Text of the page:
exist-in fact, are intrinsic to the human condition-but they are not diseases
in the pathological sense.

According to the Oxford English Dictionary, disease is "a condition of
the body, or of some part or organ of the body, in which its functions
are disturbed or deranged; a morbid physical condition." Diagnosis, in
turn, is "the determination of the nature of a diseased condition ...also,
the opinion (formally stated) resulting from such investigation."

The core medical concept of disease is a bodily abnormality, Literally,
the term "disease" denotes a demonstrable lesion of cells, tissues, or
organs. Metaphorically, it may be used to denote any kind of malfunctioning
of individuals, groups, economies. etc. (substance abuse, violence, unemployment,
et al).

The psychiatric concept of disease rests on a radical alteration of the
medical definition. The mind is not a material object; hence, it can be
diseased only in a metaphorical sense. In his classic, Lectures on  Clinical
Psychiatry, Emit Kraepelin-the founder of modern psychiatry-wrote: "The
subject of the following course of lectures will be the Science of Psychiatry,
which, as its name implies, is that of the treatment of mental disease.
It is true that, in the strictest terms, we cannot speak of the mind as
becoming diseased."

If we accept the idea that the diagnoses of mental illnesses refer to real
diseases, we are compelled to accept them as diagnoses on a par with those
of bodily diseases, albeit the criterion for what counts as a mental disease
is completely different from what counts as a bodily disease. For instance.
in Psychiatric Diagnosis, Donald Goodwin and Samuel B. Guze, two of the
most respected psychiatrists in the U.S., state: "When the term 'disease'
is used, this is what is meant: A disease is a cluster of symptoms and/or
signs with a more or less predictable course. Symptoms are what patients 
tell you; signs are what you see. The cluster may be associated with physical
abnormality or may not. The essential point is that it results in consultation
with a physician." According to these authorities, disease is not an observable
phenomenon, but a social relationship.

[Fred A. Baughman Jr., MD:
Here we have the knowing perversion of the meaning of the word
‘disease’ by two leaders of modern-day, pharmaceutical
industry-dominated ‘biological’ psychiatry. Surely they wish they could
invent diseases. Unable to do so, they re-invent the meaning of the
term disease, instead. Drs. Goodwin and Guze are psychiatrists,
meaning they went to medical school, studied diseases—pathology, and
learned how to distinguish, in humans, the state of having a disease
(physical abnormality) from that of being disease-free. A third to a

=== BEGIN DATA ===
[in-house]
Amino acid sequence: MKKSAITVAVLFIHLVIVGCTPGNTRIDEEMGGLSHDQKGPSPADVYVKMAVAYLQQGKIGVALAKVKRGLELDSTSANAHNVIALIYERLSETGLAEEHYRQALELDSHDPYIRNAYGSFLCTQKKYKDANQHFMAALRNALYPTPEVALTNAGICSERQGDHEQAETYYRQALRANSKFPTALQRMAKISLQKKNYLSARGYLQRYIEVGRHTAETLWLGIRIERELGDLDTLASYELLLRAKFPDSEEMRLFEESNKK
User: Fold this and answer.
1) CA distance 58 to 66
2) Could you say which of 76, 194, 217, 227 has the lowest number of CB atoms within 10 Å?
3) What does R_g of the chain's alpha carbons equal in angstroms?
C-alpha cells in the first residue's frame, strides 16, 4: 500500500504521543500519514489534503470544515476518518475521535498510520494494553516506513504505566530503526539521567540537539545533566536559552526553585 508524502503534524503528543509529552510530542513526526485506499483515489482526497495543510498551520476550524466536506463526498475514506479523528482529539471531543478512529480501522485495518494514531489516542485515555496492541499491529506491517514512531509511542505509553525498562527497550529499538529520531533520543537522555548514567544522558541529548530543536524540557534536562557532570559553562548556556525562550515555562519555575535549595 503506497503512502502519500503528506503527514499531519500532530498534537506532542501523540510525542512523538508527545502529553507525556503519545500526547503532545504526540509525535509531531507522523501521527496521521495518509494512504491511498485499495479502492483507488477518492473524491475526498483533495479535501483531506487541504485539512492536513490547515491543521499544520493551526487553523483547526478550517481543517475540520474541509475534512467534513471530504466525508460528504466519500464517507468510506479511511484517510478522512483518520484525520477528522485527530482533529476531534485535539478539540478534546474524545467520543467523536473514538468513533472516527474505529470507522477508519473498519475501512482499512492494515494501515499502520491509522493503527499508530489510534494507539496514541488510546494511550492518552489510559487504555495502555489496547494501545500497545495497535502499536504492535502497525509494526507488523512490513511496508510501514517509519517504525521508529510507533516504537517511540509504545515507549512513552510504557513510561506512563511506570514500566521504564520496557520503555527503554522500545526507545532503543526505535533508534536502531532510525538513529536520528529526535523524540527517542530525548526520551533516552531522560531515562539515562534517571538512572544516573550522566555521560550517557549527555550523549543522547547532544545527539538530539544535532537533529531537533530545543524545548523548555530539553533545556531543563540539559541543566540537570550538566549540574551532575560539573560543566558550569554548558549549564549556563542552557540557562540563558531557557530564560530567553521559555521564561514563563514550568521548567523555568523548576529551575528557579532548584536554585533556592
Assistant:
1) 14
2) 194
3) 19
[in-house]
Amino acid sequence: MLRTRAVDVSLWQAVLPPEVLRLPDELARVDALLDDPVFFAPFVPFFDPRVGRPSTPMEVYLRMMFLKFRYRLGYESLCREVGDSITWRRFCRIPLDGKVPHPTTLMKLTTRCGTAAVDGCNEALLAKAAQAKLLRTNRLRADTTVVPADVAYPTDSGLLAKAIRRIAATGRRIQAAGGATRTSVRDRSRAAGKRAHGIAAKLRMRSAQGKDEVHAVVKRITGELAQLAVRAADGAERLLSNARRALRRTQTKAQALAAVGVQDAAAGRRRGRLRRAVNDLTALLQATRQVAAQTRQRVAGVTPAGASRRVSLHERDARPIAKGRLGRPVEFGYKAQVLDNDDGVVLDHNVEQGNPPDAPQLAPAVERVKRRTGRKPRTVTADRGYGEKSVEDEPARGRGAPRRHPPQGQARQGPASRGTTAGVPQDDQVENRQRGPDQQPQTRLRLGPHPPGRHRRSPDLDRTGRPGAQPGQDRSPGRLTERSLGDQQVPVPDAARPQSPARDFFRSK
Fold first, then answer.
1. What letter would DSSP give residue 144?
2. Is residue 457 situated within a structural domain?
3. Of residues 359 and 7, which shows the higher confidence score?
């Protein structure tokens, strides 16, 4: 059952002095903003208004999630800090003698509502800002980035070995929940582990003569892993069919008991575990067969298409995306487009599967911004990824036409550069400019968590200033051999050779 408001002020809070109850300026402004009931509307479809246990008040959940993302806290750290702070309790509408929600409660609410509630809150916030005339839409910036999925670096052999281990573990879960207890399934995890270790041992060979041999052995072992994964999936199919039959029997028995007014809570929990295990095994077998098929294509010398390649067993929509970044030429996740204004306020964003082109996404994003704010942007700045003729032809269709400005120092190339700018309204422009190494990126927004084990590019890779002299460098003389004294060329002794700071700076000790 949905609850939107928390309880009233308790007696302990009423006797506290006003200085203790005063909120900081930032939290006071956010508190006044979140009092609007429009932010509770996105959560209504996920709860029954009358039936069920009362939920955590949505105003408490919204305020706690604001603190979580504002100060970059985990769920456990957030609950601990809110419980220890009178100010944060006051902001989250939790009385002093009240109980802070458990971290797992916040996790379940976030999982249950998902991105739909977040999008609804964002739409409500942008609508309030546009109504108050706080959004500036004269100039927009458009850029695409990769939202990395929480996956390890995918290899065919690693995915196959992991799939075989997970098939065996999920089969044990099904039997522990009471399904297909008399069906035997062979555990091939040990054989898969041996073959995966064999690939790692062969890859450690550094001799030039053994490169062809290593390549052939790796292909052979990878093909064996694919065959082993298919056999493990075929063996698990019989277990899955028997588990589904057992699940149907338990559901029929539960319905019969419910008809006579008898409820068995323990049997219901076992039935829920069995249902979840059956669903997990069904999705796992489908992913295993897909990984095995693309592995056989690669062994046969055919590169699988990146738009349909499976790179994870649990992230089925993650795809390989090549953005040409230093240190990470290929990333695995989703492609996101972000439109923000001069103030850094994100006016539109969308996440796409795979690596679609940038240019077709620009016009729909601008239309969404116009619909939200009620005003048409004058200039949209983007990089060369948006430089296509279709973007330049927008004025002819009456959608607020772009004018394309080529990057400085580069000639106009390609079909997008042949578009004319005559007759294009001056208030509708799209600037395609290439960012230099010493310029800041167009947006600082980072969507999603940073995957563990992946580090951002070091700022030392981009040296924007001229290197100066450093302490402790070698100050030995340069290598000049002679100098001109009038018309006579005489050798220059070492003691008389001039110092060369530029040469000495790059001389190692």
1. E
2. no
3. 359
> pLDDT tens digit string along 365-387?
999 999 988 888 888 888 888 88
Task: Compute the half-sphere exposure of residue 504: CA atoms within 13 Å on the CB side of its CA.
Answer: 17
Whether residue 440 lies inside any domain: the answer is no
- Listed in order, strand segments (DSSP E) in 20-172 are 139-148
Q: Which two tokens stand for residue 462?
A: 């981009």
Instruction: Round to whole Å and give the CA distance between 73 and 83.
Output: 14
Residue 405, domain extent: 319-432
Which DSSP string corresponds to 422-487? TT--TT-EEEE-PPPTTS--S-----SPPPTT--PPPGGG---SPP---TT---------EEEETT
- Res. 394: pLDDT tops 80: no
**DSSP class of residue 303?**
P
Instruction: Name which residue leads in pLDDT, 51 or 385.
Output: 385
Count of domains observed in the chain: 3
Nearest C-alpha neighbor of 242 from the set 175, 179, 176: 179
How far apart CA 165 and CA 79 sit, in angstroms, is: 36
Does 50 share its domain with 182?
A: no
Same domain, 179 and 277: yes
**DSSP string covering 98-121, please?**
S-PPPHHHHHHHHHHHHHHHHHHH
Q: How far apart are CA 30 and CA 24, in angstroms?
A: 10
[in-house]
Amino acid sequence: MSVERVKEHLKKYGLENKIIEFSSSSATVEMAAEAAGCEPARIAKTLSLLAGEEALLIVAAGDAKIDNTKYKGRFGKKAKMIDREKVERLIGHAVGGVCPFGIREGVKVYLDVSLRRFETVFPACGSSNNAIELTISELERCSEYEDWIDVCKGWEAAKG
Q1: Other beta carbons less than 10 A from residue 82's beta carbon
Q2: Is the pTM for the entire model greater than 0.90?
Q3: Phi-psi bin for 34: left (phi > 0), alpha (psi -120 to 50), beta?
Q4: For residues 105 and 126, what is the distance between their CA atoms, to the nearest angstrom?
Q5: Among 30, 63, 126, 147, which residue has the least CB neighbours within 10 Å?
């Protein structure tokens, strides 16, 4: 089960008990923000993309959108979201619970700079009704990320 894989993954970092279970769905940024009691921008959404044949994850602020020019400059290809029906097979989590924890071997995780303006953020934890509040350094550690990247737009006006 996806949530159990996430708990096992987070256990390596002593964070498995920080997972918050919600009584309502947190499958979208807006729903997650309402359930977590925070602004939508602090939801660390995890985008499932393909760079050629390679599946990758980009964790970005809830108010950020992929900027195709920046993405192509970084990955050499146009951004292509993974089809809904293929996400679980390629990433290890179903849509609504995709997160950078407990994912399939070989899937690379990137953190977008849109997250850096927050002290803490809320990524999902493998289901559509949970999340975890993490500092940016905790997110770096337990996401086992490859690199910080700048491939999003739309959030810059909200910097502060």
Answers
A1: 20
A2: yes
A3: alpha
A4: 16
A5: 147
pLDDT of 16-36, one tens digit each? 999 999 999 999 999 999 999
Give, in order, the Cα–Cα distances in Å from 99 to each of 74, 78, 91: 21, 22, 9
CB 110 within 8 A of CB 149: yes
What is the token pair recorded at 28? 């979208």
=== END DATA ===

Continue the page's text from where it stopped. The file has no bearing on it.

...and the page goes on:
half of all patients who see general physician are found to have no
objective abnormality, i.e., no disease. These include patients with
emotional, psychological, psychiatric symptoms or disorders. In some
affluent, desirable US cities there are 700 physicians per 100,000
citizens, while in poor, undesirable areas as few as 70 or 80 per
100,000. For Goodwin and Guze to suggest that it is who has an
encounter with a physician determines who has a disease, is purely
disingenuous. They have learned enough medicine and science to
fabricate deceive the public in the name of health care.]

In contrast to Goodwin and Guze's assertion that mental illness need not 
be associated with physical abnormality, Allen Frances, the chief architect
of the American Psychiatric Association's Diagnostic and Statistical Manual,
DSM-IV, states: "The special features of DSM-IV are ... elimination of
the term 'organic mental disorder' because it incorrectly implied that
other psychiatric disorders did not have a biological contribution."

Linguistic considerations help to illuminate the differences between bodily
and mental disease, as well as between disease and diagnosis. We do not
attribute motives to a person for having leukemia, do not say that a person
has reasons for having glaucoma, and would be uttering nonsense if we asserted
that diabetes has caused a person to shoot the President. However, we can
and do say all of these things about a person with a mental illness. One 
of the most important philosophical-political features of the concept of 
mental illness is that, at one fell swoop, it removes motivation from action,
adds it to illness, and thus destroys the very possibility of separating 
disease from non-disease and disease from diagnosis.

Diseases are physico-chemical phenomena or processes-for example, the abnormal
metabolism of glucose (diabetes). Mental diseases are patterns of personal
conduct, unwanted by the self or others. Psychopathology is diagnosed by 
finding behavioral, not physical, abnormalities in bodies. Disease qua
psychopathology cannot be asymptomatic. Changing the official classification
of mental diseases can transform non-disease into psychopathology and psychopathology
into nondisease (i.e., smoking from a behavioral habit into "nicotine dependence").